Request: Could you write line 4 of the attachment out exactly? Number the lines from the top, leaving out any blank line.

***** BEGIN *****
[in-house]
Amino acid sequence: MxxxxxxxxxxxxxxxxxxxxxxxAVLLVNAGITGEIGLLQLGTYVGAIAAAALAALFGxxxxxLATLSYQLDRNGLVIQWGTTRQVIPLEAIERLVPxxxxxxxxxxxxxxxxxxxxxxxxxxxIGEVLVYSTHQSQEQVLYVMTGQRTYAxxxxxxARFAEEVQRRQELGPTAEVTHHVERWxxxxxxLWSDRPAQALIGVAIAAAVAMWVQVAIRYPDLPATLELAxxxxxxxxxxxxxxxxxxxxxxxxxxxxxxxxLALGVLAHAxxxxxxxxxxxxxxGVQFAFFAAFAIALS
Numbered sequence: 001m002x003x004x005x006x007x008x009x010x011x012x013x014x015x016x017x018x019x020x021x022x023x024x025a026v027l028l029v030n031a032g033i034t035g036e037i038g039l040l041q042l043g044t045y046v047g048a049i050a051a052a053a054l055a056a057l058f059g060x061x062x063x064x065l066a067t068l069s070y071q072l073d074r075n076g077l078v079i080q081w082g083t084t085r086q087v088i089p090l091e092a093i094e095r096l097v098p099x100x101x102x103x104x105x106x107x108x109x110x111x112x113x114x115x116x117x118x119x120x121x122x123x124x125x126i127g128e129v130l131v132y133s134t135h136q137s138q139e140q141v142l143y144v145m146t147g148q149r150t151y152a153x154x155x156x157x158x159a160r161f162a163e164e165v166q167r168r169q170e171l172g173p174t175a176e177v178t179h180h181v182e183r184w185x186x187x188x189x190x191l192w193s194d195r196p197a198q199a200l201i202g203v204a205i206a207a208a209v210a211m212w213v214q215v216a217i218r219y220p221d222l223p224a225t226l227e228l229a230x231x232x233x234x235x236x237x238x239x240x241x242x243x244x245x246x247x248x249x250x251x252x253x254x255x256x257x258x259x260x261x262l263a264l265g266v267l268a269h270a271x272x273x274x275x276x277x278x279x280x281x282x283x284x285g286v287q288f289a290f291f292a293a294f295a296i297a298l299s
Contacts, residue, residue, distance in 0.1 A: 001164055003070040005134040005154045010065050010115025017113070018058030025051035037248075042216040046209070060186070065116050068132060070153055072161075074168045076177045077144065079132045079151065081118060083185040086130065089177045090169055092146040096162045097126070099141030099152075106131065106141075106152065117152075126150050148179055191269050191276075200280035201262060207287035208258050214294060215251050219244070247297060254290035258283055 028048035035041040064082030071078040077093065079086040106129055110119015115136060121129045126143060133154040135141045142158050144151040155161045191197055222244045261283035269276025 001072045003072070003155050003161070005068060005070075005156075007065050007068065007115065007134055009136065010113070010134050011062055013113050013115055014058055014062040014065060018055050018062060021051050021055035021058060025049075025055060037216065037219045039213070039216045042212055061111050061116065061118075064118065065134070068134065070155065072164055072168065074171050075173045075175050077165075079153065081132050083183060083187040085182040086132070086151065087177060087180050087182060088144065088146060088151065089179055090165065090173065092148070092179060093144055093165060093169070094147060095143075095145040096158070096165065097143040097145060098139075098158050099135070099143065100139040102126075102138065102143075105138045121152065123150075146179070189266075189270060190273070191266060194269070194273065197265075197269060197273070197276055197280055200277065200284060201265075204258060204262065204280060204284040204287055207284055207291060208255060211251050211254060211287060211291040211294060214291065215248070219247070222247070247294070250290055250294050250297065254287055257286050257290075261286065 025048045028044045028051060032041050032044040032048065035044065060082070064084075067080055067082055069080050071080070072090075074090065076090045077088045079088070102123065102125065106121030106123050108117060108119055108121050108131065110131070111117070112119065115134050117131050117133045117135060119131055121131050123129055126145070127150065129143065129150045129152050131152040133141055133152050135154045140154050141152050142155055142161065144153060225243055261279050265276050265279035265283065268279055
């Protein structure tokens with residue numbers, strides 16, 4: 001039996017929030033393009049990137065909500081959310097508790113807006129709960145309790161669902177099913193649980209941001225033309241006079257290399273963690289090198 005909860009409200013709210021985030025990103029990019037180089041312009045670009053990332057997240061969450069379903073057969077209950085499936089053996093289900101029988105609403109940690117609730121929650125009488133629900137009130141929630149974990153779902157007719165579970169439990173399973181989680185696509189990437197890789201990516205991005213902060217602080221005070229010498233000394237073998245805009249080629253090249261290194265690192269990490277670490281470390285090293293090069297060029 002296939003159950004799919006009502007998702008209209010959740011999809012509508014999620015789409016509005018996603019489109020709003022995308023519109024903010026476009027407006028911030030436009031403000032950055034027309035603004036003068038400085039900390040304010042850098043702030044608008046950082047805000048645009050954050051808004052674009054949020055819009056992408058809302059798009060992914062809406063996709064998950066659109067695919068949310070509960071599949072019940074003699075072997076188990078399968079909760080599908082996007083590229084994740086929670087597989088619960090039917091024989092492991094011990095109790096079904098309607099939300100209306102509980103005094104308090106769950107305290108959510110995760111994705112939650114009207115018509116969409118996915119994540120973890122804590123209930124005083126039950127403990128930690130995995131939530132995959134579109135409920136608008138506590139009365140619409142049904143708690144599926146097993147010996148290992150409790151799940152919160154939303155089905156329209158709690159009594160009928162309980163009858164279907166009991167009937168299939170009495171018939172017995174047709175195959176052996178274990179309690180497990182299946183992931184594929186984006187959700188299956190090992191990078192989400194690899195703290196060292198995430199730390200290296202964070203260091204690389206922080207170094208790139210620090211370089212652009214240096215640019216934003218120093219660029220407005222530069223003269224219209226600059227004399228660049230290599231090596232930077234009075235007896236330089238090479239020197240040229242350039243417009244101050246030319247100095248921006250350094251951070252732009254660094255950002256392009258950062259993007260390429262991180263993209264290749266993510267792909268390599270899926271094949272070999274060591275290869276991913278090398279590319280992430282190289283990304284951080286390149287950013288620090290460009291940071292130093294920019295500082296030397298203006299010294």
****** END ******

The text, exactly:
Contacts, residue, residue, distance in 0.1 A: 001164055003070040005134040005154045010065050010115025017113070018058030025051035037248075042216040046209070060186070065116050068132060070153055072161075074168045076177045077144065079132045079151065081118060083185040086130065089177045090169055092146040096162045097126070099141030099152075106131065106141075106152065117152075126150050148179055191269050191276075200280035201262060207287035208258050214294060215251050219244070247297060254290035258283055 028048035035041040064082030071078040077093065079086040106129055110119015115136060121129045126143060133154040135141045142158050144151040155161045191197055222244045261283035269276025 001072045003072070003155050003161070005068060005070075005156075007065050007068065007115065007134055009136065010113070010134050011062055013113050013115055014058055014062040014065060018055050018062060021051050021055035021058060025049075025055060037216065037219045039213070039216045042212055061111050061116065061118075064118065065134070068134065070155065072164055072168065074171050075173045075175050077165075079153065081132050083183060083187040085182040086132070086151065087177060087180050087182060088144065088146060088151065089179055090165065090173065092148070092179060093144055093165060093169070094147060095143075095145040096158070096165065097143040097145060098139075098158050099135070099143065100139040102126075102138065102143075105138045121152065123150075146179070189266075189270060190273070191266060194269070194273065197265075197269060197273070197276055197280055200277065200284060201265075204258060204262065204280060204284040204287055207284055207291060208255060211251050211254060211287060211291040211294060214291065215248070219247070222247070247294070250290055250294050250297065254287055257286050257290075261286065 025048045028044045028051060032041050032044040032048065035044065060082070064084075067080055067082055069080050071080070072090075074090065076090045077088045079088070102123065102125065106121030106123050108117060108119055108121050108131065110131070111117070112119065115134050117131050117133045117135060119131055121131050123129055126145070127150065129143065129150045129152050131152040133141055133152050135154045140154050141152050142155055142161065144153060225243055261279050265276050265279035265283065268279055